continued …………………….Frank and Albert Parkinson’s journey begins
Around this time, down in a shed at Eldon Mount, young Frank Parkinson was starting his electrical motor agency business with £21 from his post office savings. The son of a local quarry owner on Moor Lane, Frank was an astute and forward thinking young man, and his business grew. In 1913 his brother Albert joined the firm and the brothers turned to manufacturing motors. So, during the First World War they moved their works on to Jonathan Peate’s land (Greenshaw Close) in Netherfield Road. In hindsight this move was akin to the handing over of the local philanthropy baton from Jonathan to Frank – Jonathan died in 1924.
Crompton Parkinson founded on the same principles espoused by Gandhi
In 1918 F & A Parkinson Ltd bought the Netherfield land from Jonathan, and a field called Kelcliffe Dole from the church, and expanded their factory. Jonathan also acted as their mortgagee. Thus, the first field of the park, Clapper Brow, came into the company’s ownership. The company continued to thrive, even through the Great Depression, building their success on the ethos of ‘practical idealism’ (high wages for loyal staff and low productions costs for quality good); a philosophy also expounded by Mahatma Gandhi in his quest of Indian independence. In 1927, they joined forces with Crompton’s, a lighting firm from Chelmsford. The firm thus became Crompton Parkinson Ltd, greatly increasing the share value of the many small Guiseley and Wharfedale shareholders who had invested in F & A Parkinsons. In 1932, the Netherfield Road site was again extended with the building of a lamp works for manufacturing Crompton light bulbs.
Parkinson’s Park replaces Guiseley Recreation Ground
But, that was not the end of the firm ‘F & A Parkinson Ltd’. The business ethos of the brothers meant that this organization continued to be used for building up assets for the welfare of employees – acquiring houses for their staff, and land interests. In 1936/37 they bought the remaining fields of the Park and set about laying the footpaths from the old stone walls, putting in gates at the entrances, and seats along the ridge to admire the view of Hawksworth Moor, the famous Windy Ridge, made popular by the novels of Bradford author Willie Riley, and the views up the Guiseley Gap to Wharfedale.
In the early 1950’s the two copses were planted to celebrate the national events of the Queen’s Coronation and the Festival of Britain. During research on personal stories people told us that they were specifically designed in a certain shape – but no-one could remember what, and no paperwork existed to tell us. It was only during other research that we realized that the top copse is in the shape of Yeadon (the Parkinson’s mother had been a member of the old Yeadon family) whilst the lower copse, which stood directly above the drive into the factory, is the outline of Guiseley. Nearer the factory the Parkinsons carved out a bowling and putting green together with a rose garden, tennis courts and a pavilion.
Part of the motivation for setting up the Park and giving it to the People of Guiseley, may have come from the loss of Guiseley Recreation Ground, on Kelcliffe Lane to council housing in the early 1920’s, under the 1919 Addison Act – part of post World War One reconstruction. The army had found that during the First World War many men had a shocking lack of fitness. This was attributed to poor living conditions; a belief summed up in a housing poster of the period “you cannot expect to get an A1 population our of C3 homes” – referring to military fitness classifications of the war. So Guiseley Town Council decided to use the allotments/recreation ground given to them by W W Whitaker Thompson on Kelcliffe Lane to build new, quality, houses for returning troops.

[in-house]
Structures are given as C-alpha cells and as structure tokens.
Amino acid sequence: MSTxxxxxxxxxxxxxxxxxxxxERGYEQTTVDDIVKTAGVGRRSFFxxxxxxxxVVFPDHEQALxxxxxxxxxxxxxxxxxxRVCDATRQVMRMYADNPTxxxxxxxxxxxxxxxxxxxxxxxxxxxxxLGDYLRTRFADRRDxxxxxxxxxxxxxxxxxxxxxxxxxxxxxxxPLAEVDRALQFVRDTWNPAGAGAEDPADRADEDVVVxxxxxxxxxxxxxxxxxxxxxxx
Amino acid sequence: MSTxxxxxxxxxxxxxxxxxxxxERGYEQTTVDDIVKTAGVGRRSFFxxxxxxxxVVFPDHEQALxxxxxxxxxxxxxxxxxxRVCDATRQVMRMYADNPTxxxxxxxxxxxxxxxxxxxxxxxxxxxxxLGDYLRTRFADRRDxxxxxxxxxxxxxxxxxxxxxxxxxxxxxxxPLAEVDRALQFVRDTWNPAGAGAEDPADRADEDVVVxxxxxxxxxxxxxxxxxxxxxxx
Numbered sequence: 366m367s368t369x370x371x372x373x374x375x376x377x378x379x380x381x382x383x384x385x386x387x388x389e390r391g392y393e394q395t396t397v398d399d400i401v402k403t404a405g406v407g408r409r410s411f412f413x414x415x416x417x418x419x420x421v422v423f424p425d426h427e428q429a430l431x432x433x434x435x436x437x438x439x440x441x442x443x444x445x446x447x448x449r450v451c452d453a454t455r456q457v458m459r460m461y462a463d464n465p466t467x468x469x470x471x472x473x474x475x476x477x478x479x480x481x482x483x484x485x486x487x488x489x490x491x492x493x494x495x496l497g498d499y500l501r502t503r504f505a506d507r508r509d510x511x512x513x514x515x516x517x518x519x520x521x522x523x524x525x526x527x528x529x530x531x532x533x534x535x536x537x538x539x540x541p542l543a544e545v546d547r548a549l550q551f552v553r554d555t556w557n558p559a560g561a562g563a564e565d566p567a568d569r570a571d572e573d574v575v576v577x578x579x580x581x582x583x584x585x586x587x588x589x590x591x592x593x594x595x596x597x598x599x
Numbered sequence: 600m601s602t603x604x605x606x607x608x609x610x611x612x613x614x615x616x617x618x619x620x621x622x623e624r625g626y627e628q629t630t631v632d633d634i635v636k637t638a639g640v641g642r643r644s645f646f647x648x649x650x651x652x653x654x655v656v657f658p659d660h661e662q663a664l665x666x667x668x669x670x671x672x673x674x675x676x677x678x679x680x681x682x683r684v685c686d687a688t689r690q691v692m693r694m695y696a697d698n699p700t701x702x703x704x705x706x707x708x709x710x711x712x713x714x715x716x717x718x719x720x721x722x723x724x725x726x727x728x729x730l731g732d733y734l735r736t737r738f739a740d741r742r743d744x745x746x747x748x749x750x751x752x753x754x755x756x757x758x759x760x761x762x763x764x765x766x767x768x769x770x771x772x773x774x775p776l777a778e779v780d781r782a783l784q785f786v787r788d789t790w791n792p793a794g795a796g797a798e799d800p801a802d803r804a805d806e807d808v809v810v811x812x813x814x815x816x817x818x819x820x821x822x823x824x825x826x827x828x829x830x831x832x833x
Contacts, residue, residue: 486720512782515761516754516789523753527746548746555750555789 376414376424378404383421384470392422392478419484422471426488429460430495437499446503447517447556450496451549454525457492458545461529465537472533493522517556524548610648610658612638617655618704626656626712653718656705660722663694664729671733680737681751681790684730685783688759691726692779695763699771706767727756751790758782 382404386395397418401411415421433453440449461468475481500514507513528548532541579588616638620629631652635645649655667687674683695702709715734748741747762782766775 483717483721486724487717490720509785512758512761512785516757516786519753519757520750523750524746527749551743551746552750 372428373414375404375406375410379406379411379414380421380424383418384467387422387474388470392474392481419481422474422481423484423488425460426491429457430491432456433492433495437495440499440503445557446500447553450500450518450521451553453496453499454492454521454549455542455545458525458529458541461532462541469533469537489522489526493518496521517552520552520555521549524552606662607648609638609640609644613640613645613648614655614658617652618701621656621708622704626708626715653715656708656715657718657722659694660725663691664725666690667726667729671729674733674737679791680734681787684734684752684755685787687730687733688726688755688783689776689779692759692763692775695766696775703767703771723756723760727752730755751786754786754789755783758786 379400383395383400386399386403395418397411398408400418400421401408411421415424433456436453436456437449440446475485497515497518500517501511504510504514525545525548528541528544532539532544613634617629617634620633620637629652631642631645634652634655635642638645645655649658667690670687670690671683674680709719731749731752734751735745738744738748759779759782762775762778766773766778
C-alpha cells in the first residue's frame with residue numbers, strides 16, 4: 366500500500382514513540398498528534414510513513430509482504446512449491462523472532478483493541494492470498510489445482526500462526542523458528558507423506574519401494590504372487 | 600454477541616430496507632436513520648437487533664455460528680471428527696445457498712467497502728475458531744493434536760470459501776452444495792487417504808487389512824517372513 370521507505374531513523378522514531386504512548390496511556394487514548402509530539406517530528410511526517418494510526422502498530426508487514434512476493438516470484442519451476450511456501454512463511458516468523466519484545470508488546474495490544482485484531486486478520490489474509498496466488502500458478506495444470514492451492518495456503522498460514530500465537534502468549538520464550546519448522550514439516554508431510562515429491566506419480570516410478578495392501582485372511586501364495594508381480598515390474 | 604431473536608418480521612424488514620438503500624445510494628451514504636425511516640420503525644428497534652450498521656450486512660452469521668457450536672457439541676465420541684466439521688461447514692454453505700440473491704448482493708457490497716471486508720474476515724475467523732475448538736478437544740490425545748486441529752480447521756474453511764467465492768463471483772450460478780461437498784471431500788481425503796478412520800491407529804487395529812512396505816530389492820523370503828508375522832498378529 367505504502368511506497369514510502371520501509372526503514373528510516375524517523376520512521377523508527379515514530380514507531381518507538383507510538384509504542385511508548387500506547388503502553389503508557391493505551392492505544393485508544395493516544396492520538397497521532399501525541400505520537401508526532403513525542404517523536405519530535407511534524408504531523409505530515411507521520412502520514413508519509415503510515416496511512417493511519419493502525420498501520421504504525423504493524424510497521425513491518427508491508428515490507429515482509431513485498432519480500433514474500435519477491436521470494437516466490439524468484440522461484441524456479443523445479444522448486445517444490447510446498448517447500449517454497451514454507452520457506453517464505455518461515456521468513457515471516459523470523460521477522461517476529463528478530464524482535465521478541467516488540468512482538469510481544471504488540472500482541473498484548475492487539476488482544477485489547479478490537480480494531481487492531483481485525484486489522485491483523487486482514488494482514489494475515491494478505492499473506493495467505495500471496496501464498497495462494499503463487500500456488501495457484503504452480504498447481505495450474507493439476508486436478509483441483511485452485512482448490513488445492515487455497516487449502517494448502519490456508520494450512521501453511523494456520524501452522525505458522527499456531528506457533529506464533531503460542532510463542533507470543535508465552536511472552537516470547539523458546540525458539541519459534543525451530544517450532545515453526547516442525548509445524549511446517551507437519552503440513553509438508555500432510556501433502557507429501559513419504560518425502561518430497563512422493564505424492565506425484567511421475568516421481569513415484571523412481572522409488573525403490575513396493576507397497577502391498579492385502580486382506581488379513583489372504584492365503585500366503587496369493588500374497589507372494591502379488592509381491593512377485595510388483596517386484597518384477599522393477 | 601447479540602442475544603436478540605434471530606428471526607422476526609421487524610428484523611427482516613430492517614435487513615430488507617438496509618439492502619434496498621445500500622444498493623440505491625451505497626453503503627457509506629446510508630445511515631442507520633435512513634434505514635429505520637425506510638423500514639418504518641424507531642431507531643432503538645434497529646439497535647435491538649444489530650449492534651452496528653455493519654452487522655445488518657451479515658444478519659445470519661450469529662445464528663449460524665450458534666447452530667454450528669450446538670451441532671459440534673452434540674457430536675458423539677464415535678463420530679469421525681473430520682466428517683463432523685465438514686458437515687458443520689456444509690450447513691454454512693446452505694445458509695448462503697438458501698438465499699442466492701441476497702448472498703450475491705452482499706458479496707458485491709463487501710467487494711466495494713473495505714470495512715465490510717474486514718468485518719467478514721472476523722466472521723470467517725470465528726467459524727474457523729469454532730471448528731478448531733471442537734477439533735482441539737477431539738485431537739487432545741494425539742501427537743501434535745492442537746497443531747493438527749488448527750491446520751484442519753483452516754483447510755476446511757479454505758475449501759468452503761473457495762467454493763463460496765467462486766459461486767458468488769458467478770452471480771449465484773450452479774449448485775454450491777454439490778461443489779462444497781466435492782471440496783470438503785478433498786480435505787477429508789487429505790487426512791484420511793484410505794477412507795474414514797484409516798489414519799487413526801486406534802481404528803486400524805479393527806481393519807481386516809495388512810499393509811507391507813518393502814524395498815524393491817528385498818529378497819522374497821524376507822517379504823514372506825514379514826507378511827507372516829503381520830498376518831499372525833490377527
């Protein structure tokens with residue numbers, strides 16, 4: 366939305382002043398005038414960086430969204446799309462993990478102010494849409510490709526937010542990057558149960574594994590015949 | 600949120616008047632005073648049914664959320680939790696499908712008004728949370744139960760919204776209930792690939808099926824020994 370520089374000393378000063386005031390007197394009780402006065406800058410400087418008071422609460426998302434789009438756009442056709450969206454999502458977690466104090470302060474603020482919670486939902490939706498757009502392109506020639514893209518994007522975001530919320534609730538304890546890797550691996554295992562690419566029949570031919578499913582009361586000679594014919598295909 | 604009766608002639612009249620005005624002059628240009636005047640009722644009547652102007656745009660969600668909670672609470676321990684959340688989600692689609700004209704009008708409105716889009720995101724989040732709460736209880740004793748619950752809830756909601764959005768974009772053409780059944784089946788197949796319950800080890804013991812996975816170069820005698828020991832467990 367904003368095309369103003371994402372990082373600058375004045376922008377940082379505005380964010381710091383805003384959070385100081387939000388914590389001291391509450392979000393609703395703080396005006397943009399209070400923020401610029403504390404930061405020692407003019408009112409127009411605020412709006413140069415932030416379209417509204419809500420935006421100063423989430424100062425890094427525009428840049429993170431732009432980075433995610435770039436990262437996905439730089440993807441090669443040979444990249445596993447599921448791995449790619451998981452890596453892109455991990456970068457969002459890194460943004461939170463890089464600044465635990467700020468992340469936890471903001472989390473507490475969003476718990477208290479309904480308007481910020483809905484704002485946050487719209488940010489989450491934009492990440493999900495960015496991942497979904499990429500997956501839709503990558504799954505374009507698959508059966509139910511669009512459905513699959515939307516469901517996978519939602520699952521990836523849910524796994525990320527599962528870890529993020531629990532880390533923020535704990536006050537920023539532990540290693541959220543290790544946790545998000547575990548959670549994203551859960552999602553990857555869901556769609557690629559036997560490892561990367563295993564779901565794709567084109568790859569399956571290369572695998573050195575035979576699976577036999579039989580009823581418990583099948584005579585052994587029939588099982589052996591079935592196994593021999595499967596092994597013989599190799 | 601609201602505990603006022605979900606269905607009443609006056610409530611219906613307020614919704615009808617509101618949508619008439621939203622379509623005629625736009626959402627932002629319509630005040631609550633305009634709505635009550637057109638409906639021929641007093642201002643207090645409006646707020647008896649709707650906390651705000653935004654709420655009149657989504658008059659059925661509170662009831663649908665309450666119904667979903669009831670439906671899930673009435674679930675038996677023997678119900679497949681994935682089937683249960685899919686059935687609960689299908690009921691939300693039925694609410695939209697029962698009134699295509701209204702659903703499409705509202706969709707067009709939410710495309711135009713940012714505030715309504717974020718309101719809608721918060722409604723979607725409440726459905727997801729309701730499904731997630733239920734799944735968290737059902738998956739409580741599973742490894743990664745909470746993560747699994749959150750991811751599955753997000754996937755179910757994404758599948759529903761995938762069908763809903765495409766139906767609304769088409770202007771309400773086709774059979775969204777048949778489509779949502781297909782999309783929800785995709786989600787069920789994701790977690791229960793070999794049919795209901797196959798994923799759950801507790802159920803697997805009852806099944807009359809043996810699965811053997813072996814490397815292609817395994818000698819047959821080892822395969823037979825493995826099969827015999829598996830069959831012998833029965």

In recompense, Jonathan Peate gave land at Nethermoor for a Park with an outline of how it should be turned into a Pleasure Park and cricket ground. However, Jonathan died before this had all taken place; so it could well have been that F & A Parkinson decided that the area behind their factory could serve as both a place of rest and recreation for their staff and the people of the area. A description of the old Kelcliffe Lane Recreation Ground at the time, is very similar to that of Parkinson’s Park.
Frank Parkinson’s legacy to Yorkshire and Guiseley
In 1946 Frank Parkinson, like his father before, suddenly died of a heart attack – amongst his legacies was the magnificent front of Leeds University (the Parkinson Building) which cost £200,000; bursaries for Yorkshire students to study electrical engineering at the University; the Frank Parkinson Agricultural Trust; and one of the last great country houses built-in England, Charters, in Sunninghill, Berkshire. He had moved to Berkshire in the 1930’s to be close to London and transport to the many company outlets across the Empire. He left £1.5 million pounds in his will: not bad going for a boy born in South View, Guiseley 59 years before. A very large proportion of this went to forming the Frank Parkinson Yorkshire Trust, which was to be used to help the poor, sick and elderly of Guiseley, and educate and support young people in electrical engineering.
Annual events start in the Park
In addition, his will gave £1,000 a year to be used for the benefit of the Crompton Parkinson staff. In 1949 the Crompton sports and social club launched their first summer Children’s Gala in the park, which became an annual and much enjoyed event. This was followed in 1951 by the first September Flower and Produce Show, and, at some point, the October bonfire started, complete with firework display, and vans selling parkin and hotdogs.
Continued .…………………………..Recent Times